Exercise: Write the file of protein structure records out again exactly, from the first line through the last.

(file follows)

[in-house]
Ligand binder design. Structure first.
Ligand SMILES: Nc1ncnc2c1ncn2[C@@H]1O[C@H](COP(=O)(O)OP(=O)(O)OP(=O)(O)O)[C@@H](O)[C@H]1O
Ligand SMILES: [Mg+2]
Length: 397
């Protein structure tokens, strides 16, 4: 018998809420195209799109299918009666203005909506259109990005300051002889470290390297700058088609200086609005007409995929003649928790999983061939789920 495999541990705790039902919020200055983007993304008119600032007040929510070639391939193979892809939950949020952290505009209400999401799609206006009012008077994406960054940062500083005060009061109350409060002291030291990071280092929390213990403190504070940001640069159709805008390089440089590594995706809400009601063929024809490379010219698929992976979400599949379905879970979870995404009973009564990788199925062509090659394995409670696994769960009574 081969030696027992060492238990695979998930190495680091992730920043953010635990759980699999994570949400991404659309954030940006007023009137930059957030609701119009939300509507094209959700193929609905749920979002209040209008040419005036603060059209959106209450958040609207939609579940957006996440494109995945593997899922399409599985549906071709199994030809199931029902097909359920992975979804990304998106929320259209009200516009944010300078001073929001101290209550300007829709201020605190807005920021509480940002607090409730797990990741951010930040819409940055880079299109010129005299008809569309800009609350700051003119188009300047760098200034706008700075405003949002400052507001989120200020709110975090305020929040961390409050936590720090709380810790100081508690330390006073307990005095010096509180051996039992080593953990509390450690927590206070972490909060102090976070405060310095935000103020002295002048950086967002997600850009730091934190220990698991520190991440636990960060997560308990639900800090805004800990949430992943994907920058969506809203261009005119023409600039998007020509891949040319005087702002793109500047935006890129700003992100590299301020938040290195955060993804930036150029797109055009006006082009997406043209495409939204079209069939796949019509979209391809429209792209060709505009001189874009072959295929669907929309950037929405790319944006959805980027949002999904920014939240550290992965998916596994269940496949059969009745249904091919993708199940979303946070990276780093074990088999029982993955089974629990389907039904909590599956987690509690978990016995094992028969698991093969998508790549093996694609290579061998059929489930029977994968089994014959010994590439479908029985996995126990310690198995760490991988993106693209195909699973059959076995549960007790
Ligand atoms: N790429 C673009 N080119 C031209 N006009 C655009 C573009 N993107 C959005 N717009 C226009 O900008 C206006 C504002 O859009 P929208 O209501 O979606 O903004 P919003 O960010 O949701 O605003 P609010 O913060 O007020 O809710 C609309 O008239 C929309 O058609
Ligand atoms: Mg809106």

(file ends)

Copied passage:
[in-house]
Ligand binder design. Structure first.
Ligand SMILES: Nc1ncnc2c1ncn2[C@@H]1O[C@H](COP(=O)(O)OP(=O)(O)OP(=O)(O)O)[C@@H](O)[C@H]1O
Ligand SMILES: [Mg+2]
Length: 397
């Protein structure tokens, strides 16, 4: 018998809420195209799109299918009666203005909506259109990005300051002889470290390297700058088609200086609005007409995929003649928790999983061939789920 495999541990705790039902919020200055983007993304008119600032007040929510070639391939193979892809939950949020952290505009209400999401799609206006009012008077994406960054940062500083005060009061109350409060002291030291990071280092929390213990403190504070940001640069159709805008390089440089590594995706809400009601063929024809490379010219698929992976979400599949379905879970979870995404009973009564990788199925062509090659394995409670696994769960009574 081969030696027992060492238990695979998930190495680091992730920043953010635990759980699999994570949400991404659309954030940006007023009137930059957030609701119009939300509507094209959700193929609905749920979002209040209008040419005036603060059209959106209450958040609207939609579940957006996440494109995945593997899922399409599985549906071709199994030809199931029902097909359920992975979804990304998106929320259209009200516009944010300078001073929001101290209550300007829709201020605190807005920021509480940002607090409730797990990741951010930040819409940055880079299109010129005299008809569309800009609350700051003119188009300047760098200034706008700075405003949002400052507001989120200020709110975090305020929040961390409050936590720090709380810790100081508690330390006073307990005095010096509180051996039992080593953990509390450690927590206070972490909060102090976070405060310095935000103020002295002048950086967002997600850009730091934190220990698991520190991440636990960060997560308990639900800090805004800990949430992943994907920058969506809203261009005119023409600039998007020509891949040319005087702002793109500047935006890129700003992100590299301020938040290195955060993804930036150029797109055009006006082009997406043209495409939204079209069939796949019509979209391809429209792209060709505009001189874009072959295929669907929309950037929405790319944006959805980027949002999904920014939240550290992965998916596994269940496949059969009745249904091919993708199940979303946070990276780093074990088999029982993955089974629990389907039904909590599956987690509690978990016995094992028969698991093969998508790549093996694609290579061998059929489930029977994968089994014959010994590439479908029985996995126990310690198995760490991988993106693209195909699973059959076995549960007790
Ligand atoms: N790429 C673009 N080119 C031209 N006009 C655009 C573009 N993107 C959005 N717009 C226009 O900008 C206006 C504002 O859009 P929208 O209501 O979606 O903004 P919003 O960010 O949701 O605003 P609010 O913060 O007020 O809710 C609309 O008239 C929309 O058609
Ligand atoms: Mg809106």